Reducing inequality and poverty in Portugal [E-Book] / Jens Arnold and Carlos Farinha Rodrigues
Arnold, Jens.
Farinha Rodrigues, Carlos.
Paris : OECD Publishing, 2015
28 p. ; 21 x 29.7cm.
OECD Economics Department Working Papers ; 1258
Full Text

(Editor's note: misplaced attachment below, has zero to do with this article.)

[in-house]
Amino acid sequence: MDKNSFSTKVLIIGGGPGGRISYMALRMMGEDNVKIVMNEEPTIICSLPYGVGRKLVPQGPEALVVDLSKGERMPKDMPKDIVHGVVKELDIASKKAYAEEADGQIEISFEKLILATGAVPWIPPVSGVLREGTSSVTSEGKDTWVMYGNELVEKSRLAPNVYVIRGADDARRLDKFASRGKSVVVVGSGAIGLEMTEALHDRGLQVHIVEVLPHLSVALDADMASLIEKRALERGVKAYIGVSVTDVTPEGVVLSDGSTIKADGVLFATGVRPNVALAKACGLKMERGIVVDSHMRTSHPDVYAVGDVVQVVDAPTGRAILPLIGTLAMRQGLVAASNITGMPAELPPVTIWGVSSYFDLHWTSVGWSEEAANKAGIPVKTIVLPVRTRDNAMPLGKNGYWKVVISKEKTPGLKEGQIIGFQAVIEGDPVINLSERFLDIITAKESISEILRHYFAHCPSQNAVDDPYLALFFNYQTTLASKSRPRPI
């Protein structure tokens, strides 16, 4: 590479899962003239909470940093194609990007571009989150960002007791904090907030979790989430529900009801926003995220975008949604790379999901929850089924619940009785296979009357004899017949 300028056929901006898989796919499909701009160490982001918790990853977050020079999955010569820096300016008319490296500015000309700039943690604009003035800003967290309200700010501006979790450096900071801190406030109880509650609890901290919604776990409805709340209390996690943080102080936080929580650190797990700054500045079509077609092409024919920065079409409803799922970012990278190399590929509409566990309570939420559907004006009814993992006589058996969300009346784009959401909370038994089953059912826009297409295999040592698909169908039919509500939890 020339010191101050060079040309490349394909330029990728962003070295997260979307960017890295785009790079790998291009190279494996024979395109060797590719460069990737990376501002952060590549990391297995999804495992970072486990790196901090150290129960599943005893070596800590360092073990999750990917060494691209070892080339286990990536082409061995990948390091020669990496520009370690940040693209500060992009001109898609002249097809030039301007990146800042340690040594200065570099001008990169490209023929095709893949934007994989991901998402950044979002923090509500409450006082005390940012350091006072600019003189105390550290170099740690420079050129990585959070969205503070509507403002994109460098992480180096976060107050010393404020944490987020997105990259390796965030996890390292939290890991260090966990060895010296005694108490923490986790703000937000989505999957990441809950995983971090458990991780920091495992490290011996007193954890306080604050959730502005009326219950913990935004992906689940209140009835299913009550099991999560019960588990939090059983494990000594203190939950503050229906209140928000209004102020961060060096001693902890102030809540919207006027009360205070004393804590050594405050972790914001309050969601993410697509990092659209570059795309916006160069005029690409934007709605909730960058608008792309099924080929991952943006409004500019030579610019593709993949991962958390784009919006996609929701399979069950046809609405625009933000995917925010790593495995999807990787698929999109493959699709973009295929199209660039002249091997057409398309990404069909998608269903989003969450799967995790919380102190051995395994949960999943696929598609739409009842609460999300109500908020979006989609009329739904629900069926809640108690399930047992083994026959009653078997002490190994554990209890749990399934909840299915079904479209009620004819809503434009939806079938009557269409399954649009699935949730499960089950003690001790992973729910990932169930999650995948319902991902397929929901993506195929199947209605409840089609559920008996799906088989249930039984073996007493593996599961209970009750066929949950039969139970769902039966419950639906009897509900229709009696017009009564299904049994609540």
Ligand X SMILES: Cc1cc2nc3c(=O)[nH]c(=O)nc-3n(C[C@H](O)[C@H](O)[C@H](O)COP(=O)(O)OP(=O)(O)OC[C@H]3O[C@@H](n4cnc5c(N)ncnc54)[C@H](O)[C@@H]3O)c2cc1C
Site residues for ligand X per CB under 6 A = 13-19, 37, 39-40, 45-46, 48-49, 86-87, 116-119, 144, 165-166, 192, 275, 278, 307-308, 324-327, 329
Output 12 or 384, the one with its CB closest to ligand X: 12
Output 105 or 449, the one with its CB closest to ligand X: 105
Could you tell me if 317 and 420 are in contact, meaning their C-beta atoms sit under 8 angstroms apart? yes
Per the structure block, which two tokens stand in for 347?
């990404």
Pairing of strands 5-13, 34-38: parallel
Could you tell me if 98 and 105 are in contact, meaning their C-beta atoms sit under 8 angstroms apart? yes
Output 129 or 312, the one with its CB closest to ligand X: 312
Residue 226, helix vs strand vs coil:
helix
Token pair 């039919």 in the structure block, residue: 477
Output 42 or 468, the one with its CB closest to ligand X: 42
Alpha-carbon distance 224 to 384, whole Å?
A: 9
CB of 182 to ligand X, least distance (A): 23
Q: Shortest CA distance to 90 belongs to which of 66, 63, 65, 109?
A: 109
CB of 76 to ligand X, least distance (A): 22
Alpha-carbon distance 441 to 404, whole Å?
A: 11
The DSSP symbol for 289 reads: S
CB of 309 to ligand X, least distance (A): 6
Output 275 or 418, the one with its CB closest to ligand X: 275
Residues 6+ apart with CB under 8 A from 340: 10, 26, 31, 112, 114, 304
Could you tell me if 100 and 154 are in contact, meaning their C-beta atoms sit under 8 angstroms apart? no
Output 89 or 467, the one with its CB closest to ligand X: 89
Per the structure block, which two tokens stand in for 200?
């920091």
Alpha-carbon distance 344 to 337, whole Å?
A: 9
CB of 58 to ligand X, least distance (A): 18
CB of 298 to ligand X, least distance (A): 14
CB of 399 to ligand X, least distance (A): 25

Portugal has one of the most unequal income distributions in Europe and poverty levels are high. The economic crisis has halted a long-term gradual decline in both inequality and poverty and the number of poor households is rising, with children and youths being particularly affected. Unemployment is one of the principal reasons why household incomes declined. The tax and benefit system alleviates both inequality and poverty significantly. The tax system is markedly progressive, and recent tax reforms have likely increased this progressivity. Transfer payments, especially non-pension benefits, are reducing inequality and poverty in a fairly efficient way. Nonetheless, a number of adjustments could strengthen the equalising role of the benefit system, which is generally biased towards benefits for elderly people, while families with children should receive more support. The education system should provide more support to students at risk of falling behind to reduce grade-repetition and drop-out rates, while further increasing class sizes would be a reasonable way to generate savings without affecting learning progress much. Scaling up vocational courses and adult education, including in the context of active labour market policies, could improve the capacity of many households to generate income and lead to a more equitable income distribution.